An Interview with Liliana Negoi – by Sherry Blue Sky

[the interview was originally posted on Imaginary Garden with Real Toads blogsite, at]

Posted on August 23, 2011 by Sherry Blue Sky

Hey kids, my turn to interview a poet, and in visiting the sites among our membership, I have been blown away by the talent and remarkably interesting background of Liliana Negoi, of  Endless Journey.

Sherry: Liliana, when did you first begin writing, and what led you to choosing the poetic form as your means of expression?

Liliana: I began to write when I was 18. To make a long story short, during the last year of high school, my philosophy teacher at that time suffered a serious stroke, and was close to death. Although there wasn’t a very strong relationship between him and any of his pupils, somehow this dramatic event happened to be the trigger that brought to life my first poem – I was sitting in my room one evening and I was thinking of how he was about to die and of how he was a very lonely person, and probably the idea of someone dying alone, like that, affected me more than I realized then. Anyway, that first poem came out in a snap, as if it had waited for the right moment to pop out. Obviously, in Romanian at that time. A while after that I started to translate my creations, and later English became my main writing language – and it still is.

Why I chose poetry…actually I didn’t choose poetry – poetry chose me. I studied music – piano – for years, and despite the talent I had in that field, and despite the talent I had in many other forms of art, somehow this was the one that truly bloomed in my heart. And I’m REALLY happy that it did.

Sherry: Trust me, we are happy too, for we are all the richer for it. What is your definition of poetry? What does it mean to you?

Liliana:  I think that nature was God’s first official poet – poetry exists, with or without our awareness, in everything that surrounds us, poets being merely the ones interceding between the world of poetry and people, like some sort of mediums. Honestly, I have no precise definition of poetry. To me it is like an extra limb, or sense, or something similar, allowing me to explore the concept of multiverse. Poetry (art, in general) is something so close to divinity, that humanity hasn’t invented yet the right words to define it properly.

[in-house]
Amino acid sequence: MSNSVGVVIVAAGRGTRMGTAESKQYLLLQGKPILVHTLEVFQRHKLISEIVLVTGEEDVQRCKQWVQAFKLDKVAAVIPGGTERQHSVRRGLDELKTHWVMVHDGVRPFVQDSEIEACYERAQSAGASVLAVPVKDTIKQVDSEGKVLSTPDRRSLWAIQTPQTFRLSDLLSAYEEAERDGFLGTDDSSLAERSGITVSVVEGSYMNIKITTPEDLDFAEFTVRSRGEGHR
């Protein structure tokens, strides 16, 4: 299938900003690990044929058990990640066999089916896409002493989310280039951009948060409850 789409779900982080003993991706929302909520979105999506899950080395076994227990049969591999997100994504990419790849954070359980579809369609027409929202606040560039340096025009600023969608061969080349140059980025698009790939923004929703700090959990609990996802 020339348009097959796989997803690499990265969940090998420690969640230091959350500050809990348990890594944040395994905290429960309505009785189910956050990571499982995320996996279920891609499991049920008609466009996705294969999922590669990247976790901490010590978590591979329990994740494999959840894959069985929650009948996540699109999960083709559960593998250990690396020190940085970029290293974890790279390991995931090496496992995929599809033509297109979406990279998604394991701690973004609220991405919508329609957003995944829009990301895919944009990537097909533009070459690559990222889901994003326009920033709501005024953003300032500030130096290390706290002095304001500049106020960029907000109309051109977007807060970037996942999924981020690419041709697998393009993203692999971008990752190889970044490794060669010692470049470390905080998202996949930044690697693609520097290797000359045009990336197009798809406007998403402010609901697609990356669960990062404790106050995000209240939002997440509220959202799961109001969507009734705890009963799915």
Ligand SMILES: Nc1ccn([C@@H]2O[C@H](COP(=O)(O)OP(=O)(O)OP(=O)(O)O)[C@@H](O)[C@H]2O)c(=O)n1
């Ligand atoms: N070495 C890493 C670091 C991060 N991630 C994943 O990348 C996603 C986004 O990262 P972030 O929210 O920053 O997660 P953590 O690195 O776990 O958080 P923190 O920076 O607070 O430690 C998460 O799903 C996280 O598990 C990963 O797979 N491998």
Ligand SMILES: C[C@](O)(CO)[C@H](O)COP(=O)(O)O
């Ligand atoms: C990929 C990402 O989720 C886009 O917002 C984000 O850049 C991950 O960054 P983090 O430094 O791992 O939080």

Sherry: Well said!  Do you believe anyone can write a poem, or that a talent for poetry is inherently a gift?

Liliana: As you already know Sherry, I believe that poems are independent entities living their life somewhere in between the poet’s quill and the reader’s eye. I also believe that at some point poems reveal themselves to us – and in that moment what we tend to call “talent for poetry” is, in my opinion, a measure of how well we are able to listen to them and to let them flow. Anyone can, at some point in life, write a poem – I think it is impossible for a person to live an entire lifetime without hearing at least once the voice of poetry. What makes the difference between poets and the rest of the world is the ability of the firsts to become permanently open to the poetry happening all around them.

Sherry: Oh, I so love the idea of a poem living “somewhere in between the poet’s quill and the reader’s eye”. That is perhaps the best description of poetry I have ever heard. How do you know a poem is good? How do you know when it is finished?

Liliana: Just like people, not all poems can have the same value. In case of equality, we wouldn’t be able to make a difference between them. Not even the greatest poet’s creations are all exceptional. I know a poem of mine is good enough  to be published when, while reading it out-loud, I hear it flowing. There are no clear standards for that, because poetry is boundless. We can talk about a form, or about free verse, about rhyming or about white rhyme, about meter or anything else, but we always have to remember that these are but small attributes of certain poems, not of poetry itself. For me, a poem is good and finished when, by adding another single word or particle, it becomes superfluous and when, by removing a single word or particle, it sounds gimp. Words are very dear to me, and I always try to treat them with the proper respect, even if lately I felt the need to make-up words in order to convey the exact message in what I wrote.